8. As far as warm ups go, what helps you best before you take the stage?

Lots of alcohol. Haha. I used to do about an hour of warm ups. This sounds bad but I think sometimes that made me over analyze things. It’s more of a mental state that I need to focus on. I spend most of my time making sure the kit is just right. Little adjustments on where the snare is in relation to the hi hat, how high up my seat is make a huge difference. Cam does about 20 minutes of vocal warm ups. I think the biggest thing is hanging before a show as a band. Just getting each other excited and creating a vibe between members. We play best when we stop giving a shit about what the turn out is. First, we focus on each other. Once we catch a vibe as a band we translate that energy to the audience.

9. What was your mindset going into the creation of “Happiness II?” 

Happiness I was a big question. It was one of those “what do I do now” albums. Happiness II is an aggressive and satirical album. It’s addressing all the demons I have in me in a brutally honest way. Before you can be happy you need to accept your short comings. Cam is at his finest on this album. He has so much soul and aggression in his vocals. Band member or not, it’s one of my favorite vocal performances on any album. Cam created a character for each song. Sometimes he’d get in these really dark states in the studio before tracking. It was definitely very cathartic for him.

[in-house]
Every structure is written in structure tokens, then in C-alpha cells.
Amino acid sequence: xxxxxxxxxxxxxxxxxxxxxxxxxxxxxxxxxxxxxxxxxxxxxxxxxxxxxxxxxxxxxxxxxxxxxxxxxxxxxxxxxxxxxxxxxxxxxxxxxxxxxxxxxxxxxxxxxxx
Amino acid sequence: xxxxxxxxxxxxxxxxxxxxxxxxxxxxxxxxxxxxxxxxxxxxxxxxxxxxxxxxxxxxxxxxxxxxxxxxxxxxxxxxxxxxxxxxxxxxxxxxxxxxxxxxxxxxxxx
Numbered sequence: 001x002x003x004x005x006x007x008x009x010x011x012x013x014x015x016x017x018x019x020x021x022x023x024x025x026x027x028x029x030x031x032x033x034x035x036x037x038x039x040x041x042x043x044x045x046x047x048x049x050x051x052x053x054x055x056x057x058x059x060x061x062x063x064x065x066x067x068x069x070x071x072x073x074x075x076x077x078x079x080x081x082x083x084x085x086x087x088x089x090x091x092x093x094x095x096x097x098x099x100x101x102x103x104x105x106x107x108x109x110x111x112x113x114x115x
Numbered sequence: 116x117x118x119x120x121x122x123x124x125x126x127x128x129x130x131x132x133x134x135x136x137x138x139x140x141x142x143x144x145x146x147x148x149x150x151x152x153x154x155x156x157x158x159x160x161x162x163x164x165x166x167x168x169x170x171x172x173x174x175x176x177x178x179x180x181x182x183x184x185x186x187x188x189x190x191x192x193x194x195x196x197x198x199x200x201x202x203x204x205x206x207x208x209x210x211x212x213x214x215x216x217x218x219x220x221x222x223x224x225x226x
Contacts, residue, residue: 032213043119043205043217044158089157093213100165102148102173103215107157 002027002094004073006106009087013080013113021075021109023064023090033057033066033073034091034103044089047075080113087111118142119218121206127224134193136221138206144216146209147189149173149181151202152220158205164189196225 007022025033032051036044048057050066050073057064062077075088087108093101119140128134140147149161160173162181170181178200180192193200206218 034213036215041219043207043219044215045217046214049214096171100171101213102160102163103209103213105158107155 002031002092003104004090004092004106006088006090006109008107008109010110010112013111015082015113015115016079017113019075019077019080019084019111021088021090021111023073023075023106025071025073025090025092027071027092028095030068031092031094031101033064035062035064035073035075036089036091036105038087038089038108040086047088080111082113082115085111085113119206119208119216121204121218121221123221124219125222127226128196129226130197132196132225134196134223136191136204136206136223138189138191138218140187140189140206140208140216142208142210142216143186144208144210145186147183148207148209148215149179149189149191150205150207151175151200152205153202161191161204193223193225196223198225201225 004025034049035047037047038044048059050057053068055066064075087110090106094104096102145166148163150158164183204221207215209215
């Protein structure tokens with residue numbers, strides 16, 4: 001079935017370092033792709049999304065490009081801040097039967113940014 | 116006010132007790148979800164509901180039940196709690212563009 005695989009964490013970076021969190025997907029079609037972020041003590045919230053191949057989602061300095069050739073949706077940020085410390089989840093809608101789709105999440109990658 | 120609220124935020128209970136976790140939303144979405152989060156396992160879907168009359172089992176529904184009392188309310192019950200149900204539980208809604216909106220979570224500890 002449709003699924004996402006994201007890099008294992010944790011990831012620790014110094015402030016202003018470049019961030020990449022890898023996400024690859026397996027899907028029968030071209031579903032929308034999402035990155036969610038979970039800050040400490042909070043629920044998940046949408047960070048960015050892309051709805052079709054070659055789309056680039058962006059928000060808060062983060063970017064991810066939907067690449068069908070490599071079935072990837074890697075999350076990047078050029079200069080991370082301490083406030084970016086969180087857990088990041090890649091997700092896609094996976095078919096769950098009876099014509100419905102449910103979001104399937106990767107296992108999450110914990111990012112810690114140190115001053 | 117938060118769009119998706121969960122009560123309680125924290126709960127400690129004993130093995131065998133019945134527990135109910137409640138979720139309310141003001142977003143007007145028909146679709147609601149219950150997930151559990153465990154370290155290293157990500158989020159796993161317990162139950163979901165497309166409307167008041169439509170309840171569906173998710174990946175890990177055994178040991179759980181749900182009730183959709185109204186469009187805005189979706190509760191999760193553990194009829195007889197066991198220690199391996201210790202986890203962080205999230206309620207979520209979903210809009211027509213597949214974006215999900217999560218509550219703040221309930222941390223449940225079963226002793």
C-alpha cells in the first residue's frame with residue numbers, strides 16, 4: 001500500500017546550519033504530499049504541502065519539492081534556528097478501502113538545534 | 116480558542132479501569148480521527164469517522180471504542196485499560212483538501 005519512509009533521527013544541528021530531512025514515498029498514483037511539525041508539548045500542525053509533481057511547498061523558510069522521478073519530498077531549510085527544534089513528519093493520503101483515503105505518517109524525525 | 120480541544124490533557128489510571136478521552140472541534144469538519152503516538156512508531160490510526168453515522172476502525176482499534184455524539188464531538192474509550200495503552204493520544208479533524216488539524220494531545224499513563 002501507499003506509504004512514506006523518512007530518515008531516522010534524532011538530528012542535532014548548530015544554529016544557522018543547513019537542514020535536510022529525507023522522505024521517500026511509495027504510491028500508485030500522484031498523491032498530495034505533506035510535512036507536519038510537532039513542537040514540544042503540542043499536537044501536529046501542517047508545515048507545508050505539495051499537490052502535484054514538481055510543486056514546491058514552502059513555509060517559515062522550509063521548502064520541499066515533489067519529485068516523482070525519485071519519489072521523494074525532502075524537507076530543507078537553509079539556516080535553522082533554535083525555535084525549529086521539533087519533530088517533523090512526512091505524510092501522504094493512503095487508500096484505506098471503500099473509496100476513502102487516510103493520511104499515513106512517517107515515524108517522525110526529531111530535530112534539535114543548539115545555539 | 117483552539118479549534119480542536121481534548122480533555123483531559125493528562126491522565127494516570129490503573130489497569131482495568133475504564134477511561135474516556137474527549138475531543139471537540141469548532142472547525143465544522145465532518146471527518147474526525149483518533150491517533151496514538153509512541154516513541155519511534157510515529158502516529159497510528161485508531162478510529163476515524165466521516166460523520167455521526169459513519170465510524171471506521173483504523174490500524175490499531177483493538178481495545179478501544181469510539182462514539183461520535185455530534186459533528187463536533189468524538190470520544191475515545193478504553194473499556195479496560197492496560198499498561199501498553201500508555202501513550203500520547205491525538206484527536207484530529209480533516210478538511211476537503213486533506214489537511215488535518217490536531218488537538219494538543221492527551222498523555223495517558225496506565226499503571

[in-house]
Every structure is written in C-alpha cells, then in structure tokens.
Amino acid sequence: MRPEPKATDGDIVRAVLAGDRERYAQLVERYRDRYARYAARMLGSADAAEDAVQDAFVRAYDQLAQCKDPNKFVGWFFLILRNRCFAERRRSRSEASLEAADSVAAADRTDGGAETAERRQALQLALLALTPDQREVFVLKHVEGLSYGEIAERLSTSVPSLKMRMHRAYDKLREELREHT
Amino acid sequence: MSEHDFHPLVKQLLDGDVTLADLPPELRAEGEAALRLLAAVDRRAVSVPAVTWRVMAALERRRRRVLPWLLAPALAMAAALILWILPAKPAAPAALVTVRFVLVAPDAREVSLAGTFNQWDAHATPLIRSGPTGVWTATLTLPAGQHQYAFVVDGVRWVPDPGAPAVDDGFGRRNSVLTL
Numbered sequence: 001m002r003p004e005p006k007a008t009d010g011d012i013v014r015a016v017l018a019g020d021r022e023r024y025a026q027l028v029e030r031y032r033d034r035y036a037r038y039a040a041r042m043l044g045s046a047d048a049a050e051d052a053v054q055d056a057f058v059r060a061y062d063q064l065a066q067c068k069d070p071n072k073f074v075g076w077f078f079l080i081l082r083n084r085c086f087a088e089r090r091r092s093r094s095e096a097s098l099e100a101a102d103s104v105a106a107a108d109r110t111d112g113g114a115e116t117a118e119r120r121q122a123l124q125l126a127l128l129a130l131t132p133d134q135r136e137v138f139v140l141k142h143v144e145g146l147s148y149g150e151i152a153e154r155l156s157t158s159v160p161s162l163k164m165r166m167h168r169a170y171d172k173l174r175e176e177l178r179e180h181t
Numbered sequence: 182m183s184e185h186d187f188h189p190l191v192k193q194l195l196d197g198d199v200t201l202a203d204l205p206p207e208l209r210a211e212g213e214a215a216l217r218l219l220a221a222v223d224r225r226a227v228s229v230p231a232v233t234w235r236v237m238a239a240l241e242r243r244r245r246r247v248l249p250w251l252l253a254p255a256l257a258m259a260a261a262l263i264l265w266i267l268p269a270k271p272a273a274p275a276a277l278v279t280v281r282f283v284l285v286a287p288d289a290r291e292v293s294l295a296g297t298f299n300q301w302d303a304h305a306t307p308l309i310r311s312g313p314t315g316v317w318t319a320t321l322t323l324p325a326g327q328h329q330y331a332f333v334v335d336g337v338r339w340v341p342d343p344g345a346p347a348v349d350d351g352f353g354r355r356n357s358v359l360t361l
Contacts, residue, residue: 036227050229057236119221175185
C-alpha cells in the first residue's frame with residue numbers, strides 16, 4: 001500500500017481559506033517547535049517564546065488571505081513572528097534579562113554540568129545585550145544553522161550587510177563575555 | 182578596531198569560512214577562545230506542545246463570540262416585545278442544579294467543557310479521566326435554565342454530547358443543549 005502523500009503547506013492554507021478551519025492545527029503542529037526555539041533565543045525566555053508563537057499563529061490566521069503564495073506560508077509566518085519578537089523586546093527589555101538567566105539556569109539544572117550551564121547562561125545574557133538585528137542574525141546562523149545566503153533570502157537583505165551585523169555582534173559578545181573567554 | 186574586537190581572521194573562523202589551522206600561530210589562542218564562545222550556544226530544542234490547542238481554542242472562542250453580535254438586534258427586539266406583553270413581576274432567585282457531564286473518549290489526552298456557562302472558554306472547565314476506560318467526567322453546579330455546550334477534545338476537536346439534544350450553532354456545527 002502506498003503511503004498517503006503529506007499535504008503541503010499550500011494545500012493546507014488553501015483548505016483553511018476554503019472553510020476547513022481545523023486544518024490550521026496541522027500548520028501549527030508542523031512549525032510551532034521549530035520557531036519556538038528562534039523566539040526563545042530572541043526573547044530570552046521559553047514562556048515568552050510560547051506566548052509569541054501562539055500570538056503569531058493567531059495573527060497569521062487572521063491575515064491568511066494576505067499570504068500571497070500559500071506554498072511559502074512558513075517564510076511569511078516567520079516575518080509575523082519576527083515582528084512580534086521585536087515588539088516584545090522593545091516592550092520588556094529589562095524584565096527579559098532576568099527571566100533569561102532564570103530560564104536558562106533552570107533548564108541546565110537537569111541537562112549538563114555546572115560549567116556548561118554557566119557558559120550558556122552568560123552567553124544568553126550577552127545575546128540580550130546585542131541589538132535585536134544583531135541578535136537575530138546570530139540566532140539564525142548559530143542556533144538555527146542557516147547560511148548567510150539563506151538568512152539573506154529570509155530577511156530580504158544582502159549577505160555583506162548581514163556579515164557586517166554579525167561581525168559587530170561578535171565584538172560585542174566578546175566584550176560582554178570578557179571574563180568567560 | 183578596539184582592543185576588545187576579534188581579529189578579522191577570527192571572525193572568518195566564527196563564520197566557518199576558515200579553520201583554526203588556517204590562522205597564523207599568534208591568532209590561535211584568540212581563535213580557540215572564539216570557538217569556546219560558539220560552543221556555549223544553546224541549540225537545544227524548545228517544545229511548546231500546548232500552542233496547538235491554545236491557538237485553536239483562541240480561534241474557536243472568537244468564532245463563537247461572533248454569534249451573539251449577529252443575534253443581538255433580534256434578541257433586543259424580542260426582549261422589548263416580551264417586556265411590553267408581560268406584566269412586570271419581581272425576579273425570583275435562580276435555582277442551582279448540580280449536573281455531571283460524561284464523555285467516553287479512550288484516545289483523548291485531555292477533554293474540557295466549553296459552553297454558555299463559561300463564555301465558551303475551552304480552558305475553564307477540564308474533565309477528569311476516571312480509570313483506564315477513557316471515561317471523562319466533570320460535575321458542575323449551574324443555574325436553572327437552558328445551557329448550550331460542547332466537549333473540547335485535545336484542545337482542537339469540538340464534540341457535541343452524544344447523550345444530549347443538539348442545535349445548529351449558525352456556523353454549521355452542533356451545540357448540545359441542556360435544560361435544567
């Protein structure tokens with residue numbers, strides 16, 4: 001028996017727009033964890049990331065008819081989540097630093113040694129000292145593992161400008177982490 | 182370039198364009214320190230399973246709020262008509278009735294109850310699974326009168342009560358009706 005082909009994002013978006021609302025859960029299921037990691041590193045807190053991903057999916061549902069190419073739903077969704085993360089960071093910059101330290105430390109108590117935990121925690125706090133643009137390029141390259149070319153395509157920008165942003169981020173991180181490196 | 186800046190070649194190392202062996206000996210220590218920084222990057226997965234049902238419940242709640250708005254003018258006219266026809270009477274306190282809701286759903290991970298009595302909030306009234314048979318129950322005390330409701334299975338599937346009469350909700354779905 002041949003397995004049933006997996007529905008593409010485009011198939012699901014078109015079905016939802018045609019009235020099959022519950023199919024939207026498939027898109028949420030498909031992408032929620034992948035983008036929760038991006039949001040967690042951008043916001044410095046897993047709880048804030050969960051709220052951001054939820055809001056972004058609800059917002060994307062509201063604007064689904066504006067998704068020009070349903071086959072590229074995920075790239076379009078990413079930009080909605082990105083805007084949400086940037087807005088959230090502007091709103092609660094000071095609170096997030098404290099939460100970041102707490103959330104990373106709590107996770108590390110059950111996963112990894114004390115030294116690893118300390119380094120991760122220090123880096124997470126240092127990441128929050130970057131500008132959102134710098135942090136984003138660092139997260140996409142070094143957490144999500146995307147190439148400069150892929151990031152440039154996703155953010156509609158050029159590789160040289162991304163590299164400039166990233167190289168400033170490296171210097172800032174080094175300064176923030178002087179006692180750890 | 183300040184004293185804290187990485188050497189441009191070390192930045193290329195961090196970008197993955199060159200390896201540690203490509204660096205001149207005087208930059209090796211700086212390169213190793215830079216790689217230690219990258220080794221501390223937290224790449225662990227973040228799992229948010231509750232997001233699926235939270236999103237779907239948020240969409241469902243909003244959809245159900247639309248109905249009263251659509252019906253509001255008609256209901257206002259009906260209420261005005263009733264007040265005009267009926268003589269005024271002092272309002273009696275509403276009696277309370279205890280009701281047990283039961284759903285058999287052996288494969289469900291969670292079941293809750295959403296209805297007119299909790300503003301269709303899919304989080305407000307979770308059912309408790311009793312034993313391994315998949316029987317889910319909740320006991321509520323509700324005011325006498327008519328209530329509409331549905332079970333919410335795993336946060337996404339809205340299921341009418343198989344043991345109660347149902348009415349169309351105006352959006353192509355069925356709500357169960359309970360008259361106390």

10. What was the most difficult song to write on “Happiness II?”

Going, Gone. For whatever reason that song took the longest to come together. Sometimes the songs just write themselves. We almost dropped the tune at one point because it wasn’t vibing in the room the way Cam demo’d the track. Howi was a saving grace.

11. Is there anything else you’d like to say?

Thank you for taking the time to talk with me. I hope everyone will take a few minutes to listen. We want this to be an interactive experience. We want to create relationships with all of our fans. We’re just a bunch of really normal dudes who love the power of music and want so badly to be a part of the wonderful music community out there.